David Hua: One new tool, Front has been great. It's a shared inbox that we use often. We also use Quip for living documentation. Those are probably two that I like. Slack has been great, although oftentimes it can be pretty distracting with a lot of pings coming forward. I think it has to be used in moderation. Those are a few that we're using currently.
Eric Siu: Great. I've tried Front, but I guess I'm too dumb because the onboarding process just didn't work out for me, so I just gave up.
David Hua: Yeah, but Front's solid. For me, I still answer customer support. It's really important to leverage support as a way to help influence the roadmap and understand what problems are happening. What's cool about Front, you can comment with people, you can know what's going on, so you don't have to send emails. You can just comment within the interface.
Eric Siu: Great. What's one book that you'd recommend to everyone?
David Hua: Recently or just in general?
Eric Siu: Whatever comes top of mind. Usually that works.
David Hua: I recently finished Extreme Ownership. It's written by these two former Navy SEALs. They really talk about what it was like to fight in Fallujah and the different strategies and leadership principles that they had to instill, and really about giving your teammates and your leaders and managers ownership over what they're doing. Oftentimes it will come back and have accountability for whether it was a success or a failure.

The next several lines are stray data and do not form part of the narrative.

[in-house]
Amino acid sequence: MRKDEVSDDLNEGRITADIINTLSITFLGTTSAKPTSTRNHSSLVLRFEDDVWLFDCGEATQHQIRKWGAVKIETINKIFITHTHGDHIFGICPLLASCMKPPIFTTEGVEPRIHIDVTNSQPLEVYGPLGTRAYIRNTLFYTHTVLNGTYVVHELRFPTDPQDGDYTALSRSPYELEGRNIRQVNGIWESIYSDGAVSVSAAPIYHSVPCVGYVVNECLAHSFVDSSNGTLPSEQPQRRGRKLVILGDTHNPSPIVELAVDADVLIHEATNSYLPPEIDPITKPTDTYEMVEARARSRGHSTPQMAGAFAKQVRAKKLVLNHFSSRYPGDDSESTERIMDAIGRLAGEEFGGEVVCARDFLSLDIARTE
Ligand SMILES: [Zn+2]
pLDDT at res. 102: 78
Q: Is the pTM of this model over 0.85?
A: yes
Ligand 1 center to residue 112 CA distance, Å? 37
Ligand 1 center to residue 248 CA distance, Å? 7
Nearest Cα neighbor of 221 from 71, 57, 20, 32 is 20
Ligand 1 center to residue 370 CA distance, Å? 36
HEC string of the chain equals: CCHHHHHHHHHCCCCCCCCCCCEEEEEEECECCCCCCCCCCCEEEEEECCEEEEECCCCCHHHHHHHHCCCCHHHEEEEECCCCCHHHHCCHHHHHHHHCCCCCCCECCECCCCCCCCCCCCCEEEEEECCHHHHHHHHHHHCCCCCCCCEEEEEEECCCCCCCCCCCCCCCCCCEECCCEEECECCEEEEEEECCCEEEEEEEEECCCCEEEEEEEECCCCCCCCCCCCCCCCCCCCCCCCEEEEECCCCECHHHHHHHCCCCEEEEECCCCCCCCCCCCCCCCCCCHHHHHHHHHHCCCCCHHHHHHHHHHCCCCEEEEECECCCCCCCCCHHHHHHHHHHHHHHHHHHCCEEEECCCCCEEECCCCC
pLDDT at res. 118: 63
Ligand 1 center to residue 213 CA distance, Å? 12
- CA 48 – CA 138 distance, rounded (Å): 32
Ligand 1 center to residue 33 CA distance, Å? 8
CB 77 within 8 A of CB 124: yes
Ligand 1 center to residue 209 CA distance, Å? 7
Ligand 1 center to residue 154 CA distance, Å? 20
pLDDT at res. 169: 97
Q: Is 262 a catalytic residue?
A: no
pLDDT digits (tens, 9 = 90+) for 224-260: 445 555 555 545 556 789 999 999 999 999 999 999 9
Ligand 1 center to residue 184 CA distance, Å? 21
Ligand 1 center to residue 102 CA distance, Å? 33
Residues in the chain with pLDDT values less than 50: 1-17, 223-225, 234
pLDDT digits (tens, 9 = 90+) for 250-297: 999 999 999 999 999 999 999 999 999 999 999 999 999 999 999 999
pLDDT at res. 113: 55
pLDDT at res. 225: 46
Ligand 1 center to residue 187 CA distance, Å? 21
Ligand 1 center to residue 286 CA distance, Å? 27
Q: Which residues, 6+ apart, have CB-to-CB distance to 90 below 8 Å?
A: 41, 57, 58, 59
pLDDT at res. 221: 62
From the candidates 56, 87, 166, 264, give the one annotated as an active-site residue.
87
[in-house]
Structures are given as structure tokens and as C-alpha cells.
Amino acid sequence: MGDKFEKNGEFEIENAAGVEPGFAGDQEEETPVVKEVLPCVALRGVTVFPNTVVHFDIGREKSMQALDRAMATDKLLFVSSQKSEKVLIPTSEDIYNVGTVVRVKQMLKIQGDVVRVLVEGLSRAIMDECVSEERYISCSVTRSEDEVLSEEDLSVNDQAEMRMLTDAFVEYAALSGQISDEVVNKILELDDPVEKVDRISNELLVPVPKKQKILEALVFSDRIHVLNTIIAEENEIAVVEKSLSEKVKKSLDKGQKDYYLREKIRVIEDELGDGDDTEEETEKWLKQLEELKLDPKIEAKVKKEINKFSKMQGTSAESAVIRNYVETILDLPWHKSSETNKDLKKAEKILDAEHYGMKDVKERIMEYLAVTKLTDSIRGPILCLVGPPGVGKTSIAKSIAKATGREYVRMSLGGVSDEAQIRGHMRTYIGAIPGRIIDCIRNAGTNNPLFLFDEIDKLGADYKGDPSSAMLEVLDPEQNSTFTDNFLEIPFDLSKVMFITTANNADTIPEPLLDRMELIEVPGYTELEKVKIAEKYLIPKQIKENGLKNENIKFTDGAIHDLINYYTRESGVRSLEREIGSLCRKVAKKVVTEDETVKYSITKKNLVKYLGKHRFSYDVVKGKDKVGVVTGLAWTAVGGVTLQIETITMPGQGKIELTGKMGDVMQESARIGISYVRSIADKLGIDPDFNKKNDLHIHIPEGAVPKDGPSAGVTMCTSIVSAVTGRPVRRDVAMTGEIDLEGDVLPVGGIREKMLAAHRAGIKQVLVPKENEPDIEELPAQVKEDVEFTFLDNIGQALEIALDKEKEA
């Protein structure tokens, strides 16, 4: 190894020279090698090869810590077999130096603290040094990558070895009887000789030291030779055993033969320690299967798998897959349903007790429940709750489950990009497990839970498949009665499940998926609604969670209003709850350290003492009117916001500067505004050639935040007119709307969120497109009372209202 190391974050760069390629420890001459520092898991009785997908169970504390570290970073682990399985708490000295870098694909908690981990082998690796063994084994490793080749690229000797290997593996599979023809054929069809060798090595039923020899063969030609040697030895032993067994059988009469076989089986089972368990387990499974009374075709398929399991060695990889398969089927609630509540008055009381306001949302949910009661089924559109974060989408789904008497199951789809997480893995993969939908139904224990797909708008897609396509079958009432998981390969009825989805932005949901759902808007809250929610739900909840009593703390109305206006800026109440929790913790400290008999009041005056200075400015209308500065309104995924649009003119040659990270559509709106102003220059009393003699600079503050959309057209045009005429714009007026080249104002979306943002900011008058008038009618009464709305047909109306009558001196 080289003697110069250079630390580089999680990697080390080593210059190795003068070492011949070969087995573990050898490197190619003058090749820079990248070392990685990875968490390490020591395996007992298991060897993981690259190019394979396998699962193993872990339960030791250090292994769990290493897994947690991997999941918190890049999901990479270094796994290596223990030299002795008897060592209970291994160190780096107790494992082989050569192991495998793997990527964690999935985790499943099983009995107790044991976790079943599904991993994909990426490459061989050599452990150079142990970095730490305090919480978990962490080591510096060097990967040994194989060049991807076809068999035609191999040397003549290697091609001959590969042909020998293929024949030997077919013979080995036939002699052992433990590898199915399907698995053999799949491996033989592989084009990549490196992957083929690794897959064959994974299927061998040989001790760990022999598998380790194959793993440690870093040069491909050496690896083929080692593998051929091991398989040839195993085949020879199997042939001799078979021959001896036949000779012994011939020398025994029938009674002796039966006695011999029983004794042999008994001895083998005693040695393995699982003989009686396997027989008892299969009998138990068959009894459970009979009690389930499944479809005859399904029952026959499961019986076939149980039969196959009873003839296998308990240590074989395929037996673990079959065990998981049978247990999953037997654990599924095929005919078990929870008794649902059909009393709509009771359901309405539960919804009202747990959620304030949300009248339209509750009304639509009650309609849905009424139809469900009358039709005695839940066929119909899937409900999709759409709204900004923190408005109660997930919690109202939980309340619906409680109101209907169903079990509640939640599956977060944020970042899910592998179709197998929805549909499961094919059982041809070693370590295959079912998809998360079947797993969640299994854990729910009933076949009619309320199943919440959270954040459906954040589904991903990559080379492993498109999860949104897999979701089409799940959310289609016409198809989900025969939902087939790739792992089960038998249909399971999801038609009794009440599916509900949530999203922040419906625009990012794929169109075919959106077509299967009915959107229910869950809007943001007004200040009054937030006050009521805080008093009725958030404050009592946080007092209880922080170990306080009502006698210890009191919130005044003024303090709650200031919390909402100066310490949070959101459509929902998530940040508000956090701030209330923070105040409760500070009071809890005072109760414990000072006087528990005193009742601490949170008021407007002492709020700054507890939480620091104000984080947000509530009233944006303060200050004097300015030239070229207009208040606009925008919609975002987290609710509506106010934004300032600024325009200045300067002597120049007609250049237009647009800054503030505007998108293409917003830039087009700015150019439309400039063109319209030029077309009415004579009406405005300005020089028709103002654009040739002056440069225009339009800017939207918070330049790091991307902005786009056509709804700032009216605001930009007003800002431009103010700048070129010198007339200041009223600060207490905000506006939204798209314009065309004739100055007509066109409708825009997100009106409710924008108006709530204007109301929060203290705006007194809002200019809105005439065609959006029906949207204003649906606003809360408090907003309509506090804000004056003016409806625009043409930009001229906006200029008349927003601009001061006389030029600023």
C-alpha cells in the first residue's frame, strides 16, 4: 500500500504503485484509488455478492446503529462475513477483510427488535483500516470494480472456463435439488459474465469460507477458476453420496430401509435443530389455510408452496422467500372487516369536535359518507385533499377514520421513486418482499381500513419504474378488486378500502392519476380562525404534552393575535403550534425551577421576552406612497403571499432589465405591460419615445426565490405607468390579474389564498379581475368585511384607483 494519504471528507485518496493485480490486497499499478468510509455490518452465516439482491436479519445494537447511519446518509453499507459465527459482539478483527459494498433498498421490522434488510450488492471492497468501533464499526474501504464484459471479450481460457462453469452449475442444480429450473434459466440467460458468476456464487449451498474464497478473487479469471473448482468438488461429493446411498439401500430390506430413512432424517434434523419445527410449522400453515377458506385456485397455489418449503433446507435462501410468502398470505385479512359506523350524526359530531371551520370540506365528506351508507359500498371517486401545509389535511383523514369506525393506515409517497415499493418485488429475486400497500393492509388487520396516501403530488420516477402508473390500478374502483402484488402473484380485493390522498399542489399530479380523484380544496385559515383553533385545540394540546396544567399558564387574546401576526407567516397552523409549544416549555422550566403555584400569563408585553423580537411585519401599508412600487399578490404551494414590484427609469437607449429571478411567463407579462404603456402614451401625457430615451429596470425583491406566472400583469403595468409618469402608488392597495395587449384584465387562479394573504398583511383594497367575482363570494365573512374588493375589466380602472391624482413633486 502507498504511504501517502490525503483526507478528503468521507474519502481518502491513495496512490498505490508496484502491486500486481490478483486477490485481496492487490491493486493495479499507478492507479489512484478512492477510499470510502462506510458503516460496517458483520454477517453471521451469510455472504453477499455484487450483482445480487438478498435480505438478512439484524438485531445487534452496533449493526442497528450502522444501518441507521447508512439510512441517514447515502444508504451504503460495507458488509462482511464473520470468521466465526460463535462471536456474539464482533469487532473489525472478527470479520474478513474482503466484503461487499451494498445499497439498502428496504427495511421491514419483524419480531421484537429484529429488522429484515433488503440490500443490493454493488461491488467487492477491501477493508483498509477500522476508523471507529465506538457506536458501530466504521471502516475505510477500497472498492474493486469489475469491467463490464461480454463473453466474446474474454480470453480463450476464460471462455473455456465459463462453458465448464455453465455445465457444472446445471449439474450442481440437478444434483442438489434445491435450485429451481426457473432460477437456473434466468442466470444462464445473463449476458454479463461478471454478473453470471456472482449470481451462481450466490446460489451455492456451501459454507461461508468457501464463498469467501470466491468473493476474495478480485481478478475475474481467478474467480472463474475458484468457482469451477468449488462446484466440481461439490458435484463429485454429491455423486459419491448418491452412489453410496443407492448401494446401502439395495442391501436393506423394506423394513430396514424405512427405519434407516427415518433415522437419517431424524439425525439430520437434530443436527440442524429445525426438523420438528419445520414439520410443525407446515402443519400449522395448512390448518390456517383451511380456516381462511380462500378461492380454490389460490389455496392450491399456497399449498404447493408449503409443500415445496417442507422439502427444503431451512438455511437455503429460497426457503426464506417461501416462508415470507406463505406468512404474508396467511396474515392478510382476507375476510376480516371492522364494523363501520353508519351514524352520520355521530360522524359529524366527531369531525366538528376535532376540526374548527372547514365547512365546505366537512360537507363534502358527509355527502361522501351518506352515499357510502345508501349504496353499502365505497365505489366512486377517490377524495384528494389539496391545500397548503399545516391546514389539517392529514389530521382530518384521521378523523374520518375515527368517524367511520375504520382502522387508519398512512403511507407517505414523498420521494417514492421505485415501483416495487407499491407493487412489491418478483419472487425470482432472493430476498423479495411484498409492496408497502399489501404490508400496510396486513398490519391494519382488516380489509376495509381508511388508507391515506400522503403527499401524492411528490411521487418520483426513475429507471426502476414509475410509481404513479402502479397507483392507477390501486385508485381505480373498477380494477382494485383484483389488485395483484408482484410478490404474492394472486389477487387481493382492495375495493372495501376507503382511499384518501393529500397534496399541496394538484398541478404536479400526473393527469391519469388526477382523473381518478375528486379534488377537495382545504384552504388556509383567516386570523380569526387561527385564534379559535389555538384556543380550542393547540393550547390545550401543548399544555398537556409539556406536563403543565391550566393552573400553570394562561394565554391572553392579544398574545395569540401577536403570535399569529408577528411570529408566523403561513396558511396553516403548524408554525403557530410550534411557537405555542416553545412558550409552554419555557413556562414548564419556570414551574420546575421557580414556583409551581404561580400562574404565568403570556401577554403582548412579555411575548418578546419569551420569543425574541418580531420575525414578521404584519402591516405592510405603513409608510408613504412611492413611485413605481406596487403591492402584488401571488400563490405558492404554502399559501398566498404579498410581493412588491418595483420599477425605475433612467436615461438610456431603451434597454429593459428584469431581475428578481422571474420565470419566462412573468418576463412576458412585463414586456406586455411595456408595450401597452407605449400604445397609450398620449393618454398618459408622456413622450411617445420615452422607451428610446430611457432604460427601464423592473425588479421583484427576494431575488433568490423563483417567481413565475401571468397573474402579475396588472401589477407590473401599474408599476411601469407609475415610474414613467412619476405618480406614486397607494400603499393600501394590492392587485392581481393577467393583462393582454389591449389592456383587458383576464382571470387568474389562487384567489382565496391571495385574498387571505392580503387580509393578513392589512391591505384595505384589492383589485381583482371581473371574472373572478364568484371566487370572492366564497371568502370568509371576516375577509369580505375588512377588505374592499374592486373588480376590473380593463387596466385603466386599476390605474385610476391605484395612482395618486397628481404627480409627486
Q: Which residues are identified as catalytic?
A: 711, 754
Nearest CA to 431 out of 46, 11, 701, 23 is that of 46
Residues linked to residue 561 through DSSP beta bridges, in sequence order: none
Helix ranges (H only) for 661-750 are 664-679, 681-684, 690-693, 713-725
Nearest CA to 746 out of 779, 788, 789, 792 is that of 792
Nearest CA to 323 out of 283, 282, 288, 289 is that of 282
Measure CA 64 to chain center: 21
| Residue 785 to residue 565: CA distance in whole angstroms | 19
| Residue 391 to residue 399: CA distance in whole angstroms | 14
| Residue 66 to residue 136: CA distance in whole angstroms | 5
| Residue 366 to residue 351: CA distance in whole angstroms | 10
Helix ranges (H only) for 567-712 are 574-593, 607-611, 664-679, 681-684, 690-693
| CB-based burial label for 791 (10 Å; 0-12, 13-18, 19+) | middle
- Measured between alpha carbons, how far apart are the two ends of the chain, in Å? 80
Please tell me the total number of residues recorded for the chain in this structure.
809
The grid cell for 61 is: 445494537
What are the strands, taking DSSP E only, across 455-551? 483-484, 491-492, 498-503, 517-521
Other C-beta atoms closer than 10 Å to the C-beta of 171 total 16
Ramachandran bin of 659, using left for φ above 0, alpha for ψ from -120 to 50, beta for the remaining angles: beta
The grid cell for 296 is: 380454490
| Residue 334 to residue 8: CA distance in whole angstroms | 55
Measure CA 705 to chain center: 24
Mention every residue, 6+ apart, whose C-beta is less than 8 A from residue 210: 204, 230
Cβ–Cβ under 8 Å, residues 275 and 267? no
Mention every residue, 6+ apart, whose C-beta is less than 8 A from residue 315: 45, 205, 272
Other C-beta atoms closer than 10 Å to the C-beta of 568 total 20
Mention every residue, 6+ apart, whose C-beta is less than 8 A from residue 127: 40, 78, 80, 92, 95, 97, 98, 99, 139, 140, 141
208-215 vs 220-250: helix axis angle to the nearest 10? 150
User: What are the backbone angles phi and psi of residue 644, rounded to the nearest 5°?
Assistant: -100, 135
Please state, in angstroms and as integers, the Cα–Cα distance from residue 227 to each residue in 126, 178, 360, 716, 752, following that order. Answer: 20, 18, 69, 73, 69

Eric Siu: If you guys listen to podcasts out there, is it Jocko Willink? Is that his last name?
David Hua: Yeah, Jocko Willink.
Eric Siu: Yeah, Jocko Willink. Check out his stuff. Check out his video. This guy sounds so intense, like he's going to kill you.
David Hua: Dude, he's intense, man.
Eric Siu: Yup, yup.
David Hua: Think about it, the audio version is even crazier.
Eric Siu: Oh, he's reading it?
David Hua: There's an audio version of Extreme Ownership. Holy moly, you could feel the intensity when he talks about some of these battles that he was in.
Eric Siu: I had no idea that he actually read the audio book because you don't usually hear the authors read it. I'm going to pick it up for sure. I actually have the copy here but just haven't had time to read it. Anyway, David, this has been great. What's the best way for people to find you online?
David Hua: Twitter, email, AngelList, LinkedIn. I'm all over the place. Yeah, you can find me.
Eric Siu: If you had to pick one.
David Hua: Email is probably the best. I'm very responsive on that.
Eric Siu: Great. David, thanks so much for doing this, man.
David Hua: Oh, my pleasure. It's great to be here.